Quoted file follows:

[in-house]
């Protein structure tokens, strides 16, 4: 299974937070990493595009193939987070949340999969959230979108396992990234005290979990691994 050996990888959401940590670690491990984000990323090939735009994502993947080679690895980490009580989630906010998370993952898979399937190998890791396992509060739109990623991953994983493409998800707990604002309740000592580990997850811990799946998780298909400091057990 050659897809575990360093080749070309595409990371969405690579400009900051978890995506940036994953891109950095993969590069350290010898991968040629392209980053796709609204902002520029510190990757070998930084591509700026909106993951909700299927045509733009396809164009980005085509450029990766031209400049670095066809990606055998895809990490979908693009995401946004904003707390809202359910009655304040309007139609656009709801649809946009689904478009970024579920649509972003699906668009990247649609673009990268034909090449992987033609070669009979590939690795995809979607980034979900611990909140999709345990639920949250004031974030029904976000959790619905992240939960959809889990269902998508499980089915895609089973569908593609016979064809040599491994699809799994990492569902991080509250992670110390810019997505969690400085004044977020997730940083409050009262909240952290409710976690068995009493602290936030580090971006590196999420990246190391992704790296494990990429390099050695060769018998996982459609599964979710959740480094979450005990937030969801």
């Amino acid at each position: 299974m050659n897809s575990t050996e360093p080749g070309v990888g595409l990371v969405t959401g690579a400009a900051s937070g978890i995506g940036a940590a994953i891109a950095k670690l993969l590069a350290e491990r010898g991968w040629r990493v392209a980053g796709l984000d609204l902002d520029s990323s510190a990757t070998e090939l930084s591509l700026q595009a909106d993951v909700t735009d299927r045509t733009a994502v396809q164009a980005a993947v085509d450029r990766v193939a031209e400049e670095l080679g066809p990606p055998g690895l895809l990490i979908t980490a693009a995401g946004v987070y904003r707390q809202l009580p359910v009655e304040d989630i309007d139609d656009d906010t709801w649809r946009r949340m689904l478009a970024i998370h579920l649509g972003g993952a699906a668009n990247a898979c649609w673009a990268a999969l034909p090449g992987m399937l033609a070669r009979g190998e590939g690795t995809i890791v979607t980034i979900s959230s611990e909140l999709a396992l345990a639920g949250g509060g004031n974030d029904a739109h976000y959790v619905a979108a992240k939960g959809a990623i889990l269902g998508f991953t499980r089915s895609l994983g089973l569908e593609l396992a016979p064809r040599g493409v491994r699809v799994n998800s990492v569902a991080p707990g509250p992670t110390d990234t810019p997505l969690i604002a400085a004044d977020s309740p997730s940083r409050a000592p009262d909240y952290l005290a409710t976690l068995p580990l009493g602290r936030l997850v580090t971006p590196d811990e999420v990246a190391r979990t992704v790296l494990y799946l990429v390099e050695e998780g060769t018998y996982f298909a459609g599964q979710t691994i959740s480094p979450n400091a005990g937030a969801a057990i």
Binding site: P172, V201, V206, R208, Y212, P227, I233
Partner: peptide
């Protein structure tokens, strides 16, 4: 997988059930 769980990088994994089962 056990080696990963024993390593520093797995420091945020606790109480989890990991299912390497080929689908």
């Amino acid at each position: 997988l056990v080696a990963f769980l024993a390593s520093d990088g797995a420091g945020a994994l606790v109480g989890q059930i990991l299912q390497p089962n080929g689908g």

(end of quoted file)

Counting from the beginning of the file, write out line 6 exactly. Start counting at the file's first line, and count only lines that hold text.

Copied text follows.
């Protein structure tokens, strides 16, 4: 997988059930 769980990088994994089962 056990080696990963024993390593520093797995420091945020606790109480989890990991299912390497080929689908």